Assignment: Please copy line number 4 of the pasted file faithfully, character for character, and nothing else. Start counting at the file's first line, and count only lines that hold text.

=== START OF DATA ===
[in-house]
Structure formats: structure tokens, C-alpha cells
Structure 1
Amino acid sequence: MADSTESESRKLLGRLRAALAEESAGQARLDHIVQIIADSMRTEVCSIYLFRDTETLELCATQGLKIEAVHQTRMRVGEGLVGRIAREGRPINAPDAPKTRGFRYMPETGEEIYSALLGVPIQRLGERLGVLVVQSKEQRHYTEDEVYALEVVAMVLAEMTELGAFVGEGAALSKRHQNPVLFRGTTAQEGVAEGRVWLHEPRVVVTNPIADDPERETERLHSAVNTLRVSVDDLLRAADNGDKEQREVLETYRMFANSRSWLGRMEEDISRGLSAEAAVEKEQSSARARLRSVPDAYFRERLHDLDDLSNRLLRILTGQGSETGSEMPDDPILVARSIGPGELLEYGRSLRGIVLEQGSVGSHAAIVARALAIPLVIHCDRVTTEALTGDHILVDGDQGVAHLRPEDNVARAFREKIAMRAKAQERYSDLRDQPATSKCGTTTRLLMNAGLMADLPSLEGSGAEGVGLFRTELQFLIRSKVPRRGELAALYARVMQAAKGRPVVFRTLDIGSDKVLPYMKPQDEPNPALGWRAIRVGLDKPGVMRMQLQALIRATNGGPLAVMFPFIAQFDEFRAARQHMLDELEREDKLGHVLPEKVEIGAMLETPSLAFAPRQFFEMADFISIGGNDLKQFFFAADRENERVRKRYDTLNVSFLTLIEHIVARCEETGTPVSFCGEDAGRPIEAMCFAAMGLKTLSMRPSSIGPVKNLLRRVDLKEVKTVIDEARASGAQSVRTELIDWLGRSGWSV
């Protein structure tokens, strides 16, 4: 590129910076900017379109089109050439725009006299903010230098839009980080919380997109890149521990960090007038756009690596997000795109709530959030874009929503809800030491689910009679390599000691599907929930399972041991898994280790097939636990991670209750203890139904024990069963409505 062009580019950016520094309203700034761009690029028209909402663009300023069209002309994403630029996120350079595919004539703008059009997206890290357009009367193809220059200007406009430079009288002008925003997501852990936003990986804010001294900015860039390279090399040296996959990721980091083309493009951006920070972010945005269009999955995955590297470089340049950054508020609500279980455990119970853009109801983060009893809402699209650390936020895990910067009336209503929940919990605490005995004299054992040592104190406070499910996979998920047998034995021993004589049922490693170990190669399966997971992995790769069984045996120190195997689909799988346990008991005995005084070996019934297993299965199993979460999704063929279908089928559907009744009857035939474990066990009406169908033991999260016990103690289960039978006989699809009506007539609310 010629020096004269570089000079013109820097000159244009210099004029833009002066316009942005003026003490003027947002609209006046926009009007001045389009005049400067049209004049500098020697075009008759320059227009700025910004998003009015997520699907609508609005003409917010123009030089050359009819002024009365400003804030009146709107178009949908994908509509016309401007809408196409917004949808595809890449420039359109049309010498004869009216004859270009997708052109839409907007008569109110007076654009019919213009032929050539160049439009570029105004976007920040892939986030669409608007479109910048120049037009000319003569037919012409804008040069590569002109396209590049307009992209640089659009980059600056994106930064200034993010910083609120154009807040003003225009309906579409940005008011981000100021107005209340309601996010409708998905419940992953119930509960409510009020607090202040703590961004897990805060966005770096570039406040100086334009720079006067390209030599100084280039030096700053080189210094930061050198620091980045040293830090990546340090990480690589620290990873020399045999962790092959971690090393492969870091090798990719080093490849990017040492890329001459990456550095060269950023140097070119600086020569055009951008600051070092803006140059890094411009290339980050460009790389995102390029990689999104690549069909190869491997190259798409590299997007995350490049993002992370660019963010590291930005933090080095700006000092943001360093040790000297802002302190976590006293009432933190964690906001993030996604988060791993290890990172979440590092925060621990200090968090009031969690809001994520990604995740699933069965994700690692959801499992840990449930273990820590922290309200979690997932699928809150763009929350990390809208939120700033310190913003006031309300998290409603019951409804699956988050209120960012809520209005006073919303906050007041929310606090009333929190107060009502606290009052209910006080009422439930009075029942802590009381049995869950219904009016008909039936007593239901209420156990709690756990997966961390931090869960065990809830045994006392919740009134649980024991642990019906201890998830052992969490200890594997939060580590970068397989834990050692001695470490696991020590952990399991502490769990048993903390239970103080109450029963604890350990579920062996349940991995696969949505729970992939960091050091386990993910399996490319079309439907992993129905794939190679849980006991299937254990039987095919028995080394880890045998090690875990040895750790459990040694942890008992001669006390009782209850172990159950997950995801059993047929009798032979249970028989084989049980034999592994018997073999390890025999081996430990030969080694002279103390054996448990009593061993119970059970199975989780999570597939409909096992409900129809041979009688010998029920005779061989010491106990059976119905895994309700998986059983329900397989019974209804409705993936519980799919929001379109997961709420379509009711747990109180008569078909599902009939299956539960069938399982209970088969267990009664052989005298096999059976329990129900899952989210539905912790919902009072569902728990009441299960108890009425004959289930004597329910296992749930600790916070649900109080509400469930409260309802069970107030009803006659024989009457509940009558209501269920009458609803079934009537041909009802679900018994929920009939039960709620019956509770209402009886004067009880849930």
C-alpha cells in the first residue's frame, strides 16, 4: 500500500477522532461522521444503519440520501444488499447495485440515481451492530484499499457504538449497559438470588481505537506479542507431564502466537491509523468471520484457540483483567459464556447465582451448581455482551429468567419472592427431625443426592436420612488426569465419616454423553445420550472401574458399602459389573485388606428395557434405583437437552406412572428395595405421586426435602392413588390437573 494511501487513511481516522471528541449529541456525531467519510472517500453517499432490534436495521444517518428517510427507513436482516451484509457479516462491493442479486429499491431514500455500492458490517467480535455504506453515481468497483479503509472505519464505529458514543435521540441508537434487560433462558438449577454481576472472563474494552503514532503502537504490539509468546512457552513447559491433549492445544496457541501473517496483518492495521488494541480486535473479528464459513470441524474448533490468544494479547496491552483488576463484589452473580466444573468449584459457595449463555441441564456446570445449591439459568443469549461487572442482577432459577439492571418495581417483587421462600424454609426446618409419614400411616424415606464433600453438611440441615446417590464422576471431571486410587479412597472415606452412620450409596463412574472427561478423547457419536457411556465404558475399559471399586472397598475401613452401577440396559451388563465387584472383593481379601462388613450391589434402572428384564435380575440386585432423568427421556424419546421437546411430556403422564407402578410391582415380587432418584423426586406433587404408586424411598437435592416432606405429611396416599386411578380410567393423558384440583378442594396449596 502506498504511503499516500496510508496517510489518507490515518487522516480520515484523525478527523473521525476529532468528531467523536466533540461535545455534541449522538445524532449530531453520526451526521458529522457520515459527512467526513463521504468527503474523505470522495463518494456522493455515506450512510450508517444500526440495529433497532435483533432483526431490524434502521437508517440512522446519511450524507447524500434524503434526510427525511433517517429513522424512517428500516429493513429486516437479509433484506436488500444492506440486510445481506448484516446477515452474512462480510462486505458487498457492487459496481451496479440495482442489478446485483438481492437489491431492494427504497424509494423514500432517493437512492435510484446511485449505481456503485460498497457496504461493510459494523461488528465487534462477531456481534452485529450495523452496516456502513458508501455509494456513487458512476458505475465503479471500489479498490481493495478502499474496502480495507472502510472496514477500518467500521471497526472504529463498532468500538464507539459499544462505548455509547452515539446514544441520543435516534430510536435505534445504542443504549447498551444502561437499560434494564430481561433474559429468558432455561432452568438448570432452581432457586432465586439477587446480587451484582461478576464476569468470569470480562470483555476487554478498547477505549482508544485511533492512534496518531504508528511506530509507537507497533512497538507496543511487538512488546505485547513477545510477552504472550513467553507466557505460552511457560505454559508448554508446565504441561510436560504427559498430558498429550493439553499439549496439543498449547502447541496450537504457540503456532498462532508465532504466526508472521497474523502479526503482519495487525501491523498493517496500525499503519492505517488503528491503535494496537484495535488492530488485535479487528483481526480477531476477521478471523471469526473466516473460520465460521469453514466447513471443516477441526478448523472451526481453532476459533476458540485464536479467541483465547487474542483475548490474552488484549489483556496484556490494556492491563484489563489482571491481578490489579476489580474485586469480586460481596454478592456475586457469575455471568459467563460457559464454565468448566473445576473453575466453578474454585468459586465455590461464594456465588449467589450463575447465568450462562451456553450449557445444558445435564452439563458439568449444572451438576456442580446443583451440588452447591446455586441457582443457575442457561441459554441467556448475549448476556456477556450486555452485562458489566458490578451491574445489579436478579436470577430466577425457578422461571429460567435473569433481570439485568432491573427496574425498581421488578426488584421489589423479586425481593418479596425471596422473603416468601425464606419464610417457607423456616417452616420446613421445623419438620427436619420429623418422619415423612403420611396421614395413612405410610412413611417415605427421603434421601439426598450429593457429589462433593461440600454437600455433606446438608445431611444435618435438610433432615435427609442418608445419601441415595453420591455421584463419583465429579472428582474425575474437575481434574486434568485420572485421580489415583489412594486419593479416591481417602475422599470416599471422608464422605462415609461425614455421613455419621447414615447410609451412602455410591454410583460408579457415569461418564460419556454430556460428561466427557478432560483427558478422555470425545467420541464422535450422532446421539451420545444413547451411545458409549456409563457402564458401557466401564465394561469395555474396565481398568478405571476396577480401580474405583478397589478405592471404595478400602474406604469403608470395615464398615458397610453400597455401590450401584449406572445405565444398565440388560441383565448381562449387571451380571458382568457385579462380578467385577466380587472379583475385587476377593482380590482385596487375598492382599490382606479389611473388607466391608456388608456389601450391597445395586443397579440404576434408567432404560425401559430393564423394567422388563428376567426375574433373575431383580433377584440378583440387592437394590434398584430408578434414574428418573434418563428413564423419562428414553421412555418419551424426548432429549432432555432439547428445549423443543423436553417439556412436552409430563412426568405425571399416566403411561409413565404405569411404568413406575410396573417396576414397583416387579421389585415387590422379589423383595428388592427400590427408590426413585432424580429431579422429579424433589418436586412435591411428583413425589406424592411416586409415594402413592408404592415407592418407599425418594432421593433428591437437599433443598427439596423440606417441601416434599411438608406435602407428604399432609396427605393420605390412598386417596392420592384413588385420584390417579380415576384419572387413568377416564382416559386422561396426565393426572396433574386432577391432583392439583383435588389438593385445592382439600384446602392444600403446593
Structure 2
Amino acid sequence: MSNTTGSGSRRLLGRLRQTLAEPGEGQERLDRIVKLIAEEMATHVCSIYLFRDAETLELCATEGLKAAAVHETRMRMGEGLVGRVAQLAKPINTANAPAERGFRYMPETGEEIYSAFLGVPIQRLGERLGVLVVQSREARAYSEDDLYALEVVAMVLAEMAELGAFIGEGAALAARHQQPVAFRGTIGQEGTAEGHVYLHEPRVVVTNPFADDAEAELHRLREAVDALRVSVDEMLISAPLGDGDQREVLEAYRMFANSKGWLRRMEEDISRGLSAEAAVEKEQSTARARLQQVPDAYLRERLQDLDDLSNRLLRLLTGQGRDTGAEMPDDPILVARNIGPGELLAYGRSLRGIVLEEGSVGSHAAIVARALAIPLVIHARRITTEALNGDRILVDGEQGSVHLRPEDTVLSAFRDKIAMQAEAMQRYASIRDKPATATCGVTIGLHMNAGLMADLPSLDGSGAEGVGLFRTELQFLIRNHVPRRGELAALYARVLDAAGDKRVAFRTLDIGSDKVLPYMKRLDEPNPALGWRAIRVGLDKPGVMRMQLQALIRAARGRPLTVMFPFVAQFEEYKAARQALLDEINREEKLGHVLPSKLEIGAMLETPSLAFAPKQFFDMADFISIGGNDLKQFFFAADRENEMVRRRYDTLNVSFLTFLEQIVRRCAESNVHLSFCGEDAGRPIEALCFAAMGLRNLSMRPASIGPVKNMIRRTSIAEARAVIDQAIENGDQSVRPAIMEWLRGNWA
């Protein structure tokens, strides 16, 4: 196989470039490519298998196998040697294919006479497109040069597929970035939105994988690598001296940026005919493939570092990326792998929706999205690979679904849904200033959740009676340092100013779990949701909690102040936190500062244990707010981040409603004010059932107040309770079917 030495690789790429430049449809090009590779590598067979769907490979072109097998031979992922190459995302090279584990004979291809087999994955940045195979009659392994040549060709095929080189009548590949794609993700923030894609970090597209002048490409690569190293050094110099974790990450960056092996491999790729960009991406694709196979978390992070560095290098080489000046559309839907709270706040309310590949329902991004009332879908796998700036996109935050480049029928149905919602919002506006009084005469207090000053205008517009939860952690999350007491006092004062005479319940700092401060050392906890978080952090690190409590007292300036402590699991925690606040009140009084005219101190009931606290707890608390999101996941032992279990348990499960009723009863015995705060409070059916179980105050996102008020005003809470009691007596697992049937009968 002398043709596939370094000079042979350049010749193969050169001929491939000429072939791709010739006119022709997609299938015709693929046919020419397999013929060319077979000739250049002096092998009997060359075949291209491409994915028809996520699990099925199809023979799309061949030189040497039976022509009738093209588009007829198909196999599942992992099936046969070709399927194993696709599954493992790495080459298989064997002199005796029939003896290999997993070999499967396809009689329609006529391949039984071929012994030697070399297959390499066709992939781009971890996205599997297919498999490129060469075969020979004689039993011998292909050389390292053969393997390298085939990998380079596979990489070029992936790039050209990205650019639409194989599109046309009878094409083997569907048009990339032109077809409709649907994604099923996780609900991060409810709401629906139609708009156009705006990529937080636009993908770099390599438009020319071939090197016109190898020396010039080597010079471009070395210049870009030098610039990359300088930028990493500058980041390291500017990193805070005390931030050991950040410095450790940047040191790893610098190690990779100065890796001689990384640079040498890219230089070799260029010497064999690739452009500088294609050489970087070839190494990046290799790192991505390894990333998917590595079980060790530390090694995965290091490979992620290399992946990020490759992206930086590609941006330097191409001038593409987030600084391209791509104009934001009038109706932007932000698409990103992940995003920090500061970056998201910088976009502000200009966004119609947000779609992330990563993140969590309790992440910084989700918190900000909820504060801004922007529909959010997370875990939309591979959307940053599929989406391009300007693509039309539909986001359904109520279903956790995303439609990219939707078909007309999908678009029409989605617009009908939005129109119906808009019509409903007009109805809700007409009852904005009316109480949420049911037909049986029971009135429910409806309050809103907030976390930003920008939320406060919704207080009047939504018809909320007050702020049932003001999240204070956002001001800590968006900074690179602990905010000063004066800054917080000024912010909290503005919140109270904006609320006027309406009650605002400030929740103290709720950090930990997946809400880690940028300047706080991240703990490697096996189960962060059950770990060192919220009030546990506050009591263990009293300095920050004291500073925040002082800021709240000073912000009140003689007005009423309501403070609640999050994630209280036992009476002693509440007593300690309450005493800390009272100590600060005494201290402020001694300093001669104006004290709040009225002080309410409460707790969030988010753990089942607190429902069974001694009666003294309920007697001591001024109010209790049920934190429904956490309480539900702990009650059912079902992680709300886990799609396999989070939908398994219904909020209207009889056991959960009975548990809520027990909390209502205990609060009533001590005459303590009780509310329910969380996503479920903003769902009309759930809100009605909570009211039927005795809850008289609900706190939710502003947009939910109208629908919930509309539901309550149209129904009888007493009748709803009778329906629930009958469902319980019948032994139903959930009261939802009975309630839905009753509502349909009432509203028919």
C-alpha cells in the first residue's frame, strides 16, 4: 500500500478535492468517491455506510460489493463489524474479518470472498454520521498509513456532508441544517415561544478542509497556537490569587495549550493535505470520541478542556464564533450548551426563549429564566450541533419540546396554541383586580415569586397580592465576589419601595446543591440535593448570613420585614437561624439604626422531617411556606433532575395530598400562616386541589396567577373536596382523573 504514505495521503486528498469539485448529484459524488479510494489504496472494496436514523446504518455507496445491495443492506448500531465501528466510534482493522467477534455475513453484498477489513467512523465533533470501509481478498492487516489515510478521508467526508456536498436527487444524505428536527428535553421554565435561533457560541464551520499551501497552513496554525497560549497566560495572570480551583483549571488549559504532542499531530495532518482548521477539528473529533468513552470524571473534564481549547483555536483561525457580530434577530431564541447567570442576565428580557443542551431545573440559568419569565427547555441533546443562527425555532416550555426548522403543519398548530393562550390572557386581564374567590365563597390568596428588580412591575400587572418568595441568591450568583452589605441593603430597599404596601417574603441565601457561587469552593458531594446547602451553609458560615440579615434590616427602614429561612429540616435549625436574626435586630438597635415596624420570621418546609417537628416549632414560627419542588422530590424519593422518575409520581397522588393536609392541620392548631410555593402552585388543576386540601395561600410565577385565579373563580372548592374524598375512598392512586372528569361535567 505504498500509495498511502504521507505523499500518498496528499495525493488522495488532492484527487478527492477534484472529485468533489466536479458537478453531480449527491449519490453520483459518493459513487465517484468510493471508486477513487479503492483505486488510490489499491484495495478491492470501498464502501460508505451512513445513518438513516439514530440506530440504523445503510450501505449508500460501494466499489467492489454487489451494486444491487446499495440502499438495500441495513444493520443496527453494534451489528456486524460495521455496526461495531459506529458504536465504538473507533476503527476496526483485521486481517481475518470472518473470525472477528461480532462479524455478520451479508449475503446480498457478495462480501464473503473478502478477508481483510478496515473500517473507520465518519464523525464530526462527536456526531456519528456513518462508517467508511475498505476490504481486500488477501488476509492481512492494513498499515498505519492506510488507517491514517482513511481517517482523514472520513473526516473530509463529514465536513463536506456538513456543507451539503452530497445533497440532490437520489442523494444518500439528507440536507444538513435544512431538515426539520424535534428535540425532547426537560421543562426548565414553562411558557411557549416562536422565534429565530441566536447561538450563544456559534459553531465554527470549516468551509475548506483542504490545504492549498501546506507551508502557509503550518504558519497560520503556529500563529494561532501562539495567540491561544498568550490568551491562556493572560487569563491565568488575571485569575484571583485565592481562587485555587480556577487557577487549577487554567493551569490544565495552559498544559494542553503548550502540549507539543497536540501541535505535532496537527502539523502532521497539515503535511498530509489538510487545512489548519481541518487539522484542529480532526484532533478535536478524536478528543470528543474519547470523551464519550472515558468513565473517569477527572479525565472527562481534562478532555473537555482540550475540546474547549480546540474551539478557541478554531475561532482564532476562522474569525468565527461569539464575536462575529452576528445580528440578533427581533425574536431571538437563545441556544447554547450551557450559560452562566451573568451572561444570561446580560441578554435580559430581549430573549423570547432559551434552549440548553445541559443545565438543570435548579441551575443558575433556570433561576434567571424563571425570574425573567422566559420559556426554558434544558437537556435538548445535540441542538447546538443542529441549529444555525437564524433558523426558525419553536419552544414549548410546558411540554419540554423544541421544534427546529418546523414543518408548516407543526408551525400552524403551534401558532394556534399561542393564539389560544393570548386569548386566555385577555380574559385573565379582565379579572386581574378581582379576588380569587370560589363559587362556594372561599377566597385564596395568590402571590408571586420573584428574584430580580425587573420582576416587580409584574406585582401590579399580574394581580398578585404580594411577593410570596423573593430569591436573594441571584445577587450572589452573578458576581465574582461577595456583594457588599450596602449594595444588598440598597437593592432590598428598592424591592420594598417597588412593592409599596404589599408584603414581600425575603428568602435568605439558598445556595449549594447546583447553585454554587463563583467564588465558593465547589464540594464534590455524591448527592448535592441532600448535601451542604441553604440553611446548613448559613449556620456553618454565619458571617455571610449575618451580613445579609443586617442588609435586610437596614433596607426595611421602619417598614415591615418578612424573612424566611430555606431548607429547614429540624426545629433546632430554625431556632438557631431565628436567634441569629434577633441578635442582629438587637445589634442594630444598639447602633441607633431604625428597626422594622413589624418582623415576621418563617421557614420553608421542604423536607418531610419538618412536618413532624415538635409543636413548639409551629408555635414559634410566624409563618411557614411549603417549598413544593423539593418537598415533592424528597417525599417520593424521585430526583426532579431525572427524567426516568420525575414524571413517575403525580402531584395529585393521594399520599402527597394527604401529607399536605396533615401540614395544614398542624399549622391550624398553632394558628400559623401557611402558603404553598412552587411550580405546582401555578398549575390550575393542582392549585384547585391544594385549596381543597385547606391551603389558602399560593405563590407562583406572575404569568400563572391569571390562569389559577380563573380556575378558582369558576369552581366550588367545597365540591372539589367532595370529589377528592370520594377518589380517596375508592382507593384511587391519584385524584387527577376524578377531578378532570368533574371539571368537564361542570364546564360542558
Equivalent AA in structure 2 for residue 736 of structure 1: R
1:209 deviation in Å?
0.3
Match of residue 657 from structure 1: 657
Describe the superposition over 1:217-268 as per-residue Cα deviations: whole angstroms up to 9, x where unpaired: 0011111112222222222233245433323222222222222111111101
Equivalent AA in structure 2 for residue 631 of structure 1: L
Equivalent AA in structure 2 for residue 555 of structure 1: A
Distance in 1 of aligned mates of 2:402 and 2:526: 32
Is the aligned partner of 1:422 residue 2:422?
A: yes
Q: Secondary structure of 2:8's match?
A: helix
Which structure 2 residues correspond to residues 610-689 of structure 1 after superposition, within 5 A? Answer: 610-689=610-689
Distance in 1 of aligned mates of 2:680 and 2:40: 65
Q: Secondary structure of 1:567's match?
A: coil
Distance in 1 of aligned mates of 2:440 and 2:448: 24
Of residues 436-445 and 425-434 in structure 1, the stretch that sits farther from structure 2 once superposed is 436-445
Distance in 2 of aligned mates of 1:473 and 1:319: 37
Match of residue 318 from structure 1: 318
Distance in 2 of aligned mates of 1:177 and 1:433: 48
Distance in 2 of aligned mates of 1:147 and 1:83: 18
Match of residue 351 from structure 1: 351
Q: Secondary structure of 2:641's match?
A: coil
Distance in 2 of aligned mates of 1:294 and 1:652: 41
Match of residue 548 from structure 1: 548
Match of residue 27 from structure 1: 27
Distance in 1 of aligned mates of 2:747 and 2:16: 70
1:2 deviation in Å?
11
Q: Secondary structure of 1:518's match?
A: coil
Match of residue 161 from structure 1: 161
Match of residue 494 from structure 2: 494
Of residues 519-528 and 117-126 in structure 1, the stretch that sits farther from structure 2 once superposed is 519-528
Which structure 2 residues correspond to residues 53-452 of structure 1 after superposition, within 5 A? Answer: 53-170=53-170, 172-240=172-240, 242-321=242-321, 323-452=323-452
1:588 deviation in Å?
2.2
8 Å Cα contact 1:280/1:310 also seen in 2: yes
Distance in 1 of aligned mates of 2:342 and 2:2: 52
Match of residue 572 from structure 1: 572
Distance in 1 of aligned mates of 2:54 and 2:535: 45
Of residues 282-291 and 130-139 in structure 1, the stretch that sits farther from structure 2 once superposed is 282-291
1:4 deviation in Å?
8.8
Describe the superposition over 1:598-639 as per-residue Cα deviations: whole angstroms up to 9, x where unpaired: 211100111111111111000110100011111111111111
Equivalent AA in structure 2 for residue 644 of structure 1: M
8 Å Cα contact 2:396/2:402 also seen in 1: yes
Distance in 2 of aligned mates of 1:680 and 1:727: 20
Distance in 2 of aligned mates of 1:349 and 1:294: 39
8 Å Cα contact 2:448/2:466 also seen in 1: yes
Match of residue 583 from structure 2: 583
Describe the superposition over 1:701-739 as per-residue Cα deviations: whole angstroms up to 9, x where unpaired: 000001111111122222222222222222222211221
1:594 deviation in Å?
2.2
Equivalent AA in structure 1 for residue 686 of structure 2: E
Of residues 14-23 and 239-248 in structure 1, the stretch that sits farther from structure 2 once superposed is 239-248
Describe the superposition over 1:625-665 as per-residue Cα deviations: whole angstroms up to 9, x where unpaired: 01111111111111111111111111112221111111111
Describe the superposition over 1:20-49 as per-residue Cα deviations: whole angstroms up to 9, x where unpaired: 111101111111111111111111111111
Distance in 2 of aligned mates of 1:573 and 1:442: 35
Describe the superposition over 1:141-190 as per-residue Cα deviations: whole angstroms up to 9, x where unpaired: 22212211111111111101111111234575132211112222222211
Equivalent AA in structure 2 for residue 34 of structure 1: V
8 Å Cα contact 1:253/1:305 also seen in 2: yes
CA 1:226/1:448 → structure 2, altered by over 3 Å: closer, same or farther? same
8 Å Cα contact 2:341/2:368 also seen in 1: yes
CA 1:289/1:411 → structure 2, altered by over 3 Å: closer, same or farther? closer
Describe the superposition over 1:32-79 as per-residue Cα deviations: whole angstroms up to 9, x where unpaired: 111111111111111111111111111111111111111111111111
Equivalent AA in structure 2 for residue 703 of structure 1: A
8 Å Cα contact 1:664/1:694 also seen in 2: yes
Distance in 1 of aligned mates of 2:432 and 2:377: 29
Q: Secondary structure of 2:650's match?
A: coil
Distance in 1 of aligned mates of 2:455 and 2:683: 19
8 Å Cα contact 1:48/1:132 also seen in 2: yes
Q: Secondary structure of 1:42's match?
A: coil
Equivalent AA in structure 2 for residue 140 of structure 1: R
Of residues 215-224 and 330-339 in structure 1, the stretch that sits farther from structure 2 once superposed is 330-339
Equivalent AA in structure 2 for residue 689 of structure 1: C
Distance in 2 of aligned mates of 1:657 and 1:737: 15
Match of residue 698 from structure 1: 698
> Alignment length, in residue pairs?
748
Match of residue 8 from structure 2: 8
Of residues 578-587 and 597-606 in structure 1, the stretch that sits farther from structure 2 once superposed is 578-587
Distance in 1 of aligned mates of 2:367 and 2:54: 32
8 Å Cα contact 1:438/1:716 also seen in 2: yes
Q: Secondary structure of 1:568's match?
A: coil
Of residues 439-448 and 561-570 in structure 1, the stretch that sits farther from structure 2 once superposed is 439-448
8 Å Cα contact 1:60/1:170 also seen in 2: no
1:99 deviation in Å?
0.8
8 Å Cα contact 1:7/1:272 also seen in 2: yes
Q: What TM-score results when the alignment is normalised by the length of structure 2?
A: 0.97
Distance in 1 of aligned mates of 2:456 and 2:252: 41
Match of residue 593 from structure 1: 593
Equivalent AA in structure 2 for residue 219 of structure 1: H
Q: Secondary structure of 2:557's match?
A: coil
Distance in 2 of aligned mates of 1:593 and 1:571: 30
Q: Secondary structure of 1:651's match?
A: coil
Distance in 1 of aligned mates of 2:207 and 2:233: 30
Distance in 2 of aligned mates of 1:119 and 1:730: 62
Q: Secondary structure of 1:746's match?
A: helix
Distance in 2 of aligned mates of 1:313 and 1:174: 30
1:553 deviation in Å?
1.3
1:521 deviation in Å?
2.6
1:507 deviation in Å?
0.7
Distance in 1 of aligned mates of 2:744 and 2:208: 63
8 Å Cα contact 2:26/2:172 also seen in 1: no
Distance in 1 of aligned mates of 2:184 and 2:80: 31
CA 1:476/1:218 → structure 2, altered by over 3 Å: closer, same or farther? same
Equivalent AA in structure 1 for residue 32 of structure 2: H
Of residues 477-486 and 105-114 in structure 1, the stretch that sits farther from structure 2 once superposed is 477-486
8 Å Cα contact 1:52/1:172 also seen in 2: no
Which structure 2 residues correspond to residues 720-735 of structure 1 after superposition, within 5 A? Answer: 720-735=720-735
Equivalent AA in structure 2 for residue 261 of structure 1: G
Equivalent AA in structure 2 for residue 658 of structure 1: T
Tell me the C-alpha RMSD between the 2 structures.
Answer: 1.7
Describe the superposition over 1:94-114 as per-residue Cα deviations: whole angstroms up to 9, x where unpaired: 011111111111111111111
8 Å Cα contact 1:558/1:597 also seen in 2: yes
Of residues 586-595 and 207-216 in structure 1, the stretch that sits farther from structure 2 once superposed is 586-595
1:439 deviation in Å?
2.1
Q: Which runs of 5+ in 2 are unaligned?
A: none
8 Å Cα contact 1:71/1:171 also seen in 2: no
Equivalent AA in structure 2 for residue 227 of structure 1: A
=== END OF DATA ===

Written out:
Amino acid sequence: MADSTESESRKLLGRLRAALAEESAGQARLDHIVQIIADSMRTEVCSIYLFRDTETLELCATQGLKIEAVHQTRMRVGEGLVGRIAREGRPINAPDAPKTRGFRYMPETGEEIYSALLGVPIQRLGERLGVLVVQSKEQRHYTEDEVYALEVVAMVLAEMTELGAFVGEGAALSKRHQNPVLFRGTTAQEGVAEGRVWLHEPRVVVTNPIADDPERETERLHSAVNTLRVSVDDLLRAADNGDKEQREVLETYRMFANSRSWLGRMEEDISRGLSAEAAVEKEQSSARARLRSVPDAYFRERLHDLDDLSNRLLRILTGQGSETGSEMPDDPILVARSIGPGELLEYGRSLRGIVLEQGSVGSHAAIVARALAIPLVIHCDRVTTEALTGDHILVDGDQGVAHLRPEDNVARAFREKIAMRAKAQERYSDLRDQPATSKCGTTTRLLMNAGLMADLPSLEGSGAEGVGLFRTELQFLIRSKVPRRGELAALYARVMQAAKGRPVVFRTLDIGSDKVLPYMKPQDEPNPALGWRAIRVGLDKPGVMRMQLQALIRATNGGPLAVMFPFIAQFDEFRAARQHMLDELEREDKLGHVLPEKVEIGAMLETPSLAFAPRQFFEMADFISIGGNDLKQFFFAADRENERVRKRYDTLNVSFLTLIEHIVARCEETGTPVSFCGEDAGRPIEAMCFAAMGLKTLSMRPSSIGPVKNLLRRVDLKEVKTVIDEARASGAQSVRTELIDWLGRSGWSV